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NoVa Data Center Builders Battle For Tenants In World's Largest Market

Northern Virginia has cemented its place as the world's largest data center market with a continued boom of new development, but the increasingly heated competition among data center builders has made it harder to make a profit on the projects. 

The first of three data centers Sabey Data Centers is building at its 38-acre Intergate.Ashburn campus

"It's as competitive as any market for any service could possibly be," Sabey Data Centers President Robert Rockwood said of the Northern Virginia market. "There are pluses and minuses to that. The minus is that it puts a lot of pressure on price, which puts pressure on yields."

The benefit of being involved in the competitive Northern Virginia market, Rockwood added, is the ability to build relationships with the largest occupiers of data center space in the country. Seattle-based Sabey Data Centers entered the Northern Virginia market in 2012 with the acquisition of a 38-acre Ashburn site, where it broke ground in 2016 on the first of three planned data center buildings. 

"We went into Northern Virginia because we believe, as the largest data center market in the world, we need to bring our value proposition there to meet and capture new customers who will ultimately find the best value in our low-cost power campuses across the country," said Rockwood, who will speak May 29 at Bisnow's Data Center Investment Conference & Expo East in Sterling. 

Northern Virginia hit a milestone last month when it became the first data center market to surpass 1 gigawatt of overall data center capacity, according to CBRE. The second-largest market, London, is roughly half the size with 559 megawatts of inventory.

Northern Virginia is not slowing its growth, with 251 MW of data center space under construction and another 316 MW in the planning stages, according to CBRE.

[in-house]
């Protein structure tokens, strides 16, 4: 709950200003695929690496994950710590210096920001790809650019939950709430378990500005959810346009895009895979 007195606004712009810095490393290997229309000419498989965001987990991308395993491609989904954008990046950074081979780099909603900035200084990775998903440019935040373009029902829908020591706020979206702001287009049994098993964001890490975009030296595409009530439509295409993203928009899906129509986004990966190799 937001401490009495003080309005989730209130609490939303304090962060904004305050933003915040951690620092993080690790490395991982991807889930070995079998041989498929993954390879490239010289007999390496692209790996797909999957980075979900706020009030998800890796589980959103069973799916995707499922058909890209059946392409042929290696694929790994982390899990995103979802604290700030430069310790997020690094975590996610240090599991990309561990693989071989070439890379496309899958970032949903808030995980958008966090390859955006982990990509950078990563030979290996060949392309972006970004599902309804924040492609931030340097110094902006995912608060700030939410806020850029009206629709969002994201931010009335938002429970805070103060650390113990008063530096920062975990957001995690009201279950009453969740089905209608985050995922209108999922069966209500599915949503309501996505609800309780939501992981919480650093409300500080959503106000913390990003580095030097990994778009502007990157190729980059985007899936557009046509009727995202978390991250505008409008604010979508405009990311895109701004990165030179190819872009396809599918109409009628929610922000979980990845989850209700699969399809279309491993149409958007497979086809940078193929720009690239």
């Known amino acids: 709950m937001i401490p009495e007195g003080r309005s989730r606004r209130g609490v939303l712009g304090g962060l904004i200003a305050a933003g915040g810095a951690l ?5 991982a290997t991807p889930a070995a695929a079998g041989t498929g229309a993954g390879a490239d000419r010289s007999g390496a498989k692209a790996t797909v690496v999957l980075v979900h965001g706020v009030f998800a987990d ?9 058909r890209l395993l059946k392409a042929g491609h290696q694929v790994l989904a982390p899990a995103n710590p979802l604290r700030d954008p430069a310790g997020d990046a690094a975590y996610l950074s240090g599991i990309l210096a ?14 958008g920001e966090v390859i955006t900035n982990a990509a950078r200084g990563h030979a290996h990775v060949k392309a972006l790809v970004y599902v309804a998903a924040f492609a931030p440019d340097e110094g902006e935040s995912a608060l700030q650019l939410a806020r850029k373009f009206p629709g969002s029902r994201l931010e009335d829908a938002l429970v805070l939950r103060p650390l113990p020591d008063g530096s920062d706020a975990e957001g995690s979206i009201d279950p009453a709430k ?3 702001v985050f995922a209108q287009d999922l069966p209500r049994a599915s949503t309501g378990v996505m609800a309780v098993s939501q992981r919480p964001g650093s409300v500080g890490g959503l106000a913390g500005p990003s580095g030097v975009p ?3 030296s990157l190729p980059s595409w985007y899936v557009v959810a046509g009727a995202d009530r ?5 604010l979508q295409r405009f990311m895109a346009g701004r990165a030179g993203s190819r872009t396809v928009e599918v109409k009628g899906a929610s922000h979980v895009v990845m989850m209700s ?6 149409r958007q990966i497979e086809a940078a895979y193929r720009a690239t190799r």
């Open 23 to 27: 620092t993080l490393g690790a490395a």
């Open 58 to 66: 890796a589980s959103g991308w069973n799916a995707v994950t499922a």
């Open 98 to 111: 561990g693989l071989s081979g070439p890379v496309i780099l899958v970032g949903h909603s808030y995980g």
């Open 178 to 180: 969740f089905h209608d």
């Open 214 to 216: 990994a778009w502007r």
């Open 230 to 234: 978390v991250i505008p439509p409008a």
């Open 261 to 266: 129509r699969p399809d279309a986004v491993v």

"There certainly is increased competition," CBRE Vice President of Data Center Solutions Jamie Jelinek said. "We've seen a few new providers enter the market in the past 12 months. Providers are starting to build more spec capacity than they've historically been comfortable with, but that is just to meet the demand."

A rendering of one of the buildings on Vantage Data Centers' Ashburn campus

One of those new entrants to the market is Vantage Data Centers. The Santa Clara, California-based company broke ground in March 2018 on the first data center building at its 42-acre campus near the intersection of Route 28 and Waxpool Road in Sterling. 

Vantage is hosting a ribbon-cutting ceremony Thursday for the first facility at the Sterling campus, a 6 MW data center, marking the opening of the company's first data center on the East Coast. The developer had originally planned to build 108 MW at the campus, but Vantage Chief Commercial Officer Lee Kestler said it has since increased its total planned capacity to 142 MW. 

"We're very optimistic about the market, and we're also sensitive that it is a large market with a lot of opportunities, and customers have choices," Kestler said. "It's a difficult and lumpy business and it runs in waves. There was a large wave last year that was very good, and I think there's a healthy wave again building."

The highly competitive market has led one data center developer to shy away from Northern Virginia, despite its familiarity with the area.